And, what Judas Priest and Sharron Angle have in common
Sooner or later a case like this will win. It’s just a matter of time. It’s always tough when you do a new thing, but this case will not be new five years from now. Everyone will know then that music like Judas Priest’s causes violence and death among young people.
— Reno attorney Ken McKenna, 1990
Arizona has been considered a progressive state because it provides the vast majority of mental health services through cost-effective outpatient community programs. By slashing these programs, experts say the state will force more people to use emergency rooms or end up in the criminal justice system, which will cost the state more.
— Christine Vestal, Stateline, July 19, 2010
It occurs like clockwork. After mass gun slayings in America, discussion immediately turns toward proximate causes.
Kip Kinkel’s shootings were attributed to news coverage of other school shootings, Shakespeare and Marilyn Manson. Post-Columbine, Marilyn Manson and violent video games were criticized. And after Virginia Tech, the video game “Counter Strike” was blamed. (Although Seung-Hui Cho likened himself to Jesus, there weren’t many who publicly blamed religion for his acts.)
As cause-seeking beings, humans engage in inherently fallacious thought, especially in the height of the moment, so attributing gun violence to any single cause, however abstract, is bound to fail both in the court of public opinion and the court of law.
Reno attorney Ken McKenna experienced this when he sued Judas Priest and lost in 1990. He tried to blame subliminal messages in Judas Priest songs for the death of Raymond Belknap, 18, and James Vance, 20, his partner-in-suicide who died later from drug complications.
As most undergraduates learn, causal links are extremely difficult to prove. Correlations are more readily observable, but confounding variables invariably creep in to explain such relationships.
The tendency to lay blame, in the latest instance of gun violence in Tucson, Ariz., on salacious political rhetoric, which is clearly designed to incite a specific constituency, also fails the causal test. After the Virginia Tech shootings of 2008, changes were enacted to the federal Family Educational Rights and Privacy Act. But such policy improvements could not prevent what occurred in Tucson last week, despite alleged shooter Jared Loughner’s brushes with community college police and interventions by college counselors.
In this case, violence-based political rhetoric and gun accessibility both fail as potential ultimate causes for Loughner’s behavior. At the same time, one could also make the case that lack of access to adequate mental health services helped contribute to Jared Loughner’s violent and bizarre behavior. It would be a stretch to do so, however.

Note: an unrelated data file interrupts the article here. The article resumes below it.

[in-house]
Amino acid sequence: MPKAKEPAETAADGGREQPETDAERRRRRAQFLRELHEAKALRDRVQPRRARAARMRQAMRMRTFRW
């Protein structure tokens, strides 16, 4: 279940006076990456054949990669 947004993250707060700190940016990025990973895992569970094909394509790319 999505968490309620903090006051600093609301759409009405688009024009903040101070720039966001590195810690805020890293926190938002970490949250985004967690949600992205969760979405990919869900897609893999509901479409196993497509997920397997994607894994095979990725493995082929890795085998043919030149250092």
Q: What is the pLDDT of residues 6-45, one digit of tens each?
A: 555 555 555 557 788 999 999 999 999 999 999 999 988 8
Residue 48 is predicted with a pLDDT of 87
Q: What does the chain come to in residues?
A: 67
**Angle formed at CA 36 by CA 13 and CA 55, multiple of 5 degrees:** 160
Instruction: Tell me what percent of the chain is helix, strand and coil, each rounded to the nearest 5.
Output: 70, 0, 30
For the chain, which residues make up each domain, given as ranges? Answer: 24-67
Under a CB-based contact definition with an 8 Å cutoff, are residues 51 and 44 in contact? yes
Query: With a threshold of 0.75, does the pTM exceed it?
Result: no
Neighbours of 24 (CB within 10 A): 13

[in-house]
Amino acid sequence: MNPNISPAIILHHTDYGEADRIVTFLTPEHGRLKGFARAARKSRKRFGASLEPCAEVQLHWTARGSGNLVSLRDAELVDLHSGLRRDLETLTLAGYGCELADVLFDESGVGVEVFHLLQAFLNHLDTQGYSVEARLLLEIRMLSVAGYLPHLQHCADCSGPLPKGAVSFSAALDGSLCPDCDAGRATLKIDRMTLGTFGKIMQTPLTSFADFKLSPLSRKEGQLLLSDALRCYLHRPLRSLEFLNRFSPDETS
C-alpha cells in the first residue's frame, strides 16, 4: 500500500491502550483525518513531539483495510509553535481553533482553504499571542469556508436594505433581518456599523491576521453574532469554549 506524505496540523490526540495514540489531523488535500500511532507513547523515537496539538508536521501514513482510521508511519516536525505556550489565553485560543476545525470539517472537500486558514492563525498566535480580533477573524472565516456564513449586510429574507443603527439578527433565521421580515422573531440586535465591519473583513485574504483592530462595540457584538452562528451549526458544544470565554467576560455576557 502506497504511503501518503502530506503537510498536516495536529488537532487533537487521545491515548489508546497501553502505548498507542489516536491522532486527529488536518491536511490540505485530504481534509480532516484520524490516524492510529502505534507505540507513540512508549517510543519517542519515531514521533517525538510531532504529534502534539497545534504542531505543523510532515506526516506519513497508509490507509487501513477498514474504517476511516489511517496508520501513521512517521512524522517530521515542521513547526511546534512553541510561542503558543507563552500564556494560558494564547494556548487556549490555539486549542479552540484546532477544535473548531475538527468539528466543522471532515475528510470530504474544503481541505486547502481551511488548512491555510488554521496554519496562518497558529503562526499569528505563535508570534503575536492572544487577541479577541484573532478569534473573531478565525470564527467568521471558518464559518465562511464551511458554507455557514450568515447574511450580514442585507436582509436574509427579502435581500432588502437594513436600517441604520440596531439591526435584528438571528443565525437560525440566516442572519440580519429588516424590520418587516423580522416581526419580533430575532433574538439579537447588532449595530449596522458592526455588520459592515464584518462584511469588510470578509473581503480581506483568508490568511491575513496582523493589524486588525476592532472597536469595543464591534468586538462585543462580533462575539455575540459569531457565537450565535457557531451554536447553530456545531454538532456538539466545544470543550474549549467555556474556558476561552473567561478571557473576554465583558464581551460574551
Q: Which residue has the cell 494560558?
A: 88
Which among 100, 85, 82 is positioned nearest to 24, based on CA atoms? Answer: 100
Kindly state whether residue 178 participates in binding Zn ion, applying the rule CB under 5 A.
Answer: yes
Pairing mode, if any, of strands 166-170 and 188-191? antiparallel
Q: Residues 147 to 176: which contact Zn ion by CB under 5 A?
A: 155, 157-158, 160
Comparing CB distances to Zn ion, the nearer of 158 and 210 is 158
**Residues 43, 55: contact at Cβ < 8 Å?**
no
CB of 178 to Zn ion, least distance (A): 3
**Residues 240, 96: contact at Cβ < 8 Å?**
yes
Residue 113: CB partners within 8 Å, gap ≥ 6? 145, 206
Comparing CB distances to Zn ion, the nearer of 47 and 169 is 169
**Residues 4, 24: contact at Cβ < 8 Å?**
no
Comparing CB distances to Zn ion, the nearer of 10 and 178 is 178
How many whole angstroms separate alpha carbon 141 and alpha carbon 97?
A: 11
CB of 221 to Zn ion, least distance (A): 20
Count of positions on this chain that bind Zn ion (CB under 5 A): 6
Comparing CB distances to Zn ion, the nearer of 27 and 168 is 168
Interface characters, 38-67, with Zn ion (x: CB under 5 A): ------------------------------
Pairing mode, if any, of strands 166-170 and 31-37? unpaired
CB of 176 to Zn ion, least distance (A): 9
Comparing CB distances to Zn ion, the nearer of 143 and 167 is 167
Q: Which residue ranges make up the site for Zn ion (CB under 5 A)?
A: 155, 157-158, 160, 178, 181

But it would be more contextually accurate for talk shows, bloggers and media personnel to emphasize one common variable with many incidences of gun violence — mental illness – rather than Sarah Palin’s or Sharron Angle’s violence-laden political rhetoric.
It is a confluence of factors – heritability, environmental variables (of which access to guns and violent stimuli are but two), familial influences and substance abuse – that contribute to mental illness, traits of which, such as signs of depression or attempts at suicide, many mass shooters tend to share.
Combined, these influences on mental health are nowhere near as sexy and convenient for laying blame, or for fulfilling talk-show minutes, as did recent discussions about specific political candidates or increased gun control.
Media instead prefer to distract from the more salient issues, in part because it’s easier to recycle story topics once they become popular, and in part because newsrooms are less willing and able to put time and money into providing context for topics that are more difficult to tackle; that is, assuming reporters and editors are informed enough to look in less obvious directions in the first place.
A consequence is that such news coverage distracts from very real issues, such as state of mental health care, stigmas against mental health conditions and access to adequate treatment. Diversion onto political figures is much easier and cheaper for pundits and reporters. One result is a mass-media-based discussion that misses the mark and perhaps even contributes to the kind of rhetoric that is being criticized in the first place.
[Edit 01/16/11: The Las Vegas Sun has an article today about improving the mental health system after the Tucson tragedy. Also, the New York Times has an opinion piece about how Tucson was covered, featuring a pointed quote by a Max Etchemendy of Calif.: “If I were a reporter on this story, my very first call would have been to a mental health professional willing to consider the nature of Mr. Loughner’s illness. The ‘political’ angle has been beaten to death, and ‘medical’ angle has been ignored completely.”]
Bob Conrad is publisher, editor and co-founder of This Is Reno. He has served in communications positions for various state agencies and earned a doctorate in educational leadership from the University of Nevada, Reno in 2011. In addition to managing This Is Reno, he holds a part-time appointment for the Mineral County University of Nevada Extension office.